SUN 'n FUN By The Numbers
When the Federal government sequestration policy threatened the viability of the 39th Annual SUN ‘n FUN International Fly-In & Expo, partners within the State of Florida stepped up to a new challenge. Proceeds from the annual event in Lakeland have historically benefitted students and the future of aviation. That stirred a high level of interest not only in the government but in the private sector. Although SUN ‘n FUN is Florida’s largest convention and has a $64m economic impact on the I-4 corridor, it has never been supported with state involvement until this year. A presentation in Washington by Congressman Dennis Ross and visits to Lakeland Linder Regional Airport by Senator Bill Nelson (intimately familiar with the enormous contribution of the 39 year event for Florida) initiated a number of discussions in the aviation, tourism and education industries. Florida and local community partners elevated their on-going support to a level that made the event memorable for all.
The number one priority of organizers and participants was safety. To that end, the first concern was to have qualified air traffic controllers for a projected 10,000 air traffic movements in the one week when Lakeland would become the busiest airport in the world. Anticipating a $284,000 cost for Federal Aviation Administration (FAA) Air Traffic Controllers, the City of Lakeland, Lakeland Linder Regional Airport and Visit Central Florida committed to find additional funding to assure a seamless and safe event for all involved. The second concern was to safeguard the funding for students in programs at the Central Florida Aerospace Academy, a Polk County Schools public workforce academy. That target included the protection of funding for year round education programs and scholarships, the renovation of the FedEx Boeing 727 from a cargo plane to a classroom, and the transition of the Florida Air Museum into an aviation-based learning center with interactive equipment, incorporating the rich history found on the SUN ‘n FUN grounds. The underlying message in all the discussions was customer service for guests at the event. “How May I Help You” remained the theme despite significant budget cuts by all Chairmen and staff in response to new expenses.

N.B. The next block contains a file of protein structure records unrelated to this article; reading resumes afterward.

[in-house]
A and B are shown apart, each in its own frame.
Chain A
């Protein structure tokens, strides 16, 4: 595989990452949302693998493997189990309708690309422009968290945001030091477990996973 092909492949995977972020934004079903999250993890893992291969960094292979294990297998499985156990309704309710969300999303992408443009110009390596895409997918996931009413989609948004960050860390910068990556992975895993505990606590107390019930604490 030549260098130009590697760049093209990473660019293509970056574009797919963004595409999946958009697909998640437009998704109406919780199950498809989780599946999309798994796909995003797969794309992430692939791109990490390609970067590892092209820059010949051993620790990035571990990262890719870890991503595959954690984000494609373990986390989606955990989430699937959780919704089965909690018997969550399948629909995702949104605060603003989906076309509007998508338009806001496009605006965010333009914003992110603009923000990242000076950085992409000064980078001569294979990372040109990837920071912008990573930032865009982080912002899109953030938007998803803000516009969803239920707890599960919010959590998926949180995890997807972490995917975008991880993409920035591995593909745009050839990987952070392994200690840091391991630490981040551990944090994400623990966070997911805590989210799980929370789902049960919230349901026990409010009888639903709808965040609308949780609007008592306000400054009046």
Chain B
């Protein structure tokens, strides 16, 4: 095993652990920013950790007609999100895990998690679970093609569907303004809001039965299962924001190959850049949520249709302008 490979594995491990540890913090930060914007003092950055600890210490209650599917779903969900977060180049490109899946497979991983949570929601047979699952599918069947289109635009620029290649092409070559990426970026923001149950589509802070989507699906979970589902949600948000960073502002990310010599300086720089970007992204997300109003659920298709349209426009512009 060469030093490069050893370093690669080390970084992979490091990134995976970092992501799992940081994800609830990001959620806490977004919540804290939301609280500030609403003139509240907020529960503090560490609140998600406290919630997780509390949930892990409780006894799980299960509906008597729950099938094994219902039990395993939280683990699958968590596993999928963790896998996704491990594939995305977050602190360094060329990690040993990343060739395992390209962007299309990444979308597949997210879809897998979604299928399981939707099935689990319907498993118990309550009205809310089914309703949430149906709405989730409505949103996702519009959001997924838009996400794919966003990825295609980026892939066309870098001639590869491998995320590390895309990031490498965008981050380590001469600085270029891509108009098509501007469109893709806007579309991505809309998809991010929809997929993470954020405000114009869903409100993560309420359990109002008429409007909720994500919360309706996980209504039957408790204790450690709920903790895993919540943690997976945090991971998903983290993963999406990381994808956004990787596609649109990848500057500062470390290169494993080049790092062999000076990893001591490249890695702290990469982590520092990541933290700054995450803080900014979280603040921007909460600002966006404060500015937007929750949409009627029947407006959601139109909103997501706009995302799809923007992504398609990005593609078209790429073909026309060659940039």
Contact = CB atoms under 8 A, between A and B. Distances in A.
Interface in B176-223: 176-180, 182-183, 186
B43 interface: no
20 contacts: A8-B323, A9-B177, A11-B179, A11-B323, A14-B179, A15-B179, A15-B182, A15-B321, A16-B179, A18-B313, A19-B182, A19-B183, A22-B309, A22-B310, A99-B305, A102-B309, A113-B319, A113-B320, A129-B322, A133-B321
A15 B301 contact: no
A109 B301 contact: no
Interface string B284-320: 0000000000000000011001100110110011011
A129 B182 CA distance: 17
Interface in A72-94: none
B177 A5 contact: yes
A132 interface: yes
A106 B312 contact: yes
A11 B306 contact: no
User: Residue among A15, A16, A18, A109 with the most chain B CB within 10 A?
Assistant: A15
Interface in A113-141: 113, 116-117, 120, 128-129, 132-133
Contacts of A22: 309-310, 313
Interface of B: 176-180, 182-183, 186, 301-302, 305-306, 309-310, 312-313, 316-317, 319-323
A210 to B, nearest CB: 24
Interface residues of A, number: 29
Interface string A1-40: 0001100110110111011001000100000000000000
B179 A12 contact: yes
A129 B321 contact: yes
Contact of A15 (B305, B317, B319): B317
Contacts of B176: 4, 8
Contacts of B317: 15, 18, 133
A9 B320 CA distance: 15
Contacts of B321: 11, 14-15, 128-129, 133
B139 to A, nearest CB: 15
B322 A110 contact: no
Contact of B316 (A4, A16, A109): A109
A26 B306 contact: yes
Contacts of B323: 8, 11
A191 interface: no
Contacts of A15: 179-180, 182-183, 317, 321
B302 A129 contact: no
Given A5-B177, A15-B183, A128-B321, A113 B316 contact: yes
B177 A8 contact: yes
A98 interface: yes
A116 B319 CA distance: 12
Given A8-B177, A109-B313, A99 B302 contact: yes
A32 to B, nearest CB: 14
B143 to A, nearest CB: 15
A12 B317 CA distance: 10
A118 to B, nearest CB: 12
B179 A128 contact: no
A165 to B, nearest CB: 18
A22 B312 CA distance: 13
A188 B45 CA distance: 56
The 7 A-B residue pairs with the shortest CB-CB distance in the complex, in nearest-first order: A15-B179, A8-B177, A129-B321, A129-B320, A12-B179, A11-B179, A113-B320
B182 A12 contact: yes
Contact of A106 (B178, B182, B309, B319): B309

A direct result of the government backing away from involvement in a community event was the offering of a new Presenting Sponsorship from the Florida Restaurant and Lodging Association. More than 60 sponsors and nearly 500 exhibitors and vendors opened the aviation season at SUN ‘n FUN. In addition, Lakeland’s home Jet Team, The Black Diamonds, workshops, seminars, the Commemorative Air Force, EAA’s 60th Anniversary, Air America presentations and the 70th Anniversary celebration of the WASPs added to the guest’s opportunities. Thirty-six airshow teams and performers entertained audiences daily. Many types of Light Sport and Ultralight aircraft were displayed on the 2,000 acres that included the newly designed Paradise City. Aircraft arrived and departed on the grass runway throughout each day – setting a one day record of 600 air traffic movements. Two evening airshows illuminated the skies with brilliantly choreographed movements.
Not everyone was seeking the thrills of a military jet team. Sequestration caused organizers to cancel the appearance of the US Air Force Thunderbirds. Despite that, cadets and students from across the United States, Norway, the United Kingdom and the Islands of the Bahamas not only visited but also worked the event in a number of capacities as volunteers. Learning from the experts at SUN ‘n FUN was evident as a Jet Blue airbus arrived with more than 90 students and mentors. They attended workshops and forums in preparation for their activities in the fall of 2013 to build a plane and fly it to SUN ‘n FUN in 2014.
As the effects of the government sequestration hit all aspects of the local economy, attendance at the event was certainly threatened. Families in jeopardy of down-sizing and/or layoffs may not have considered a trip to a convention as a high priority budget item. But, despite the anticipated threats, all of the extra discussions and all of the revised budget plans, organizers brought locals and guests from out of town to a stunning aviation week. Attendance estimated at 150,000 was 9% less than an eleven year average and paralleled 2009 when there was no military jet team for the week and the economy was at a low. Most importantly, for the second year in a row, there were no accidents or incidents. Exhibitors were pleased with sales. Foreign visitors were hosted and more than 450 media from around the world had an opportunity to share new memories. And, best of all, students are still working on careers that offer “A Brighter Future through Aviation.”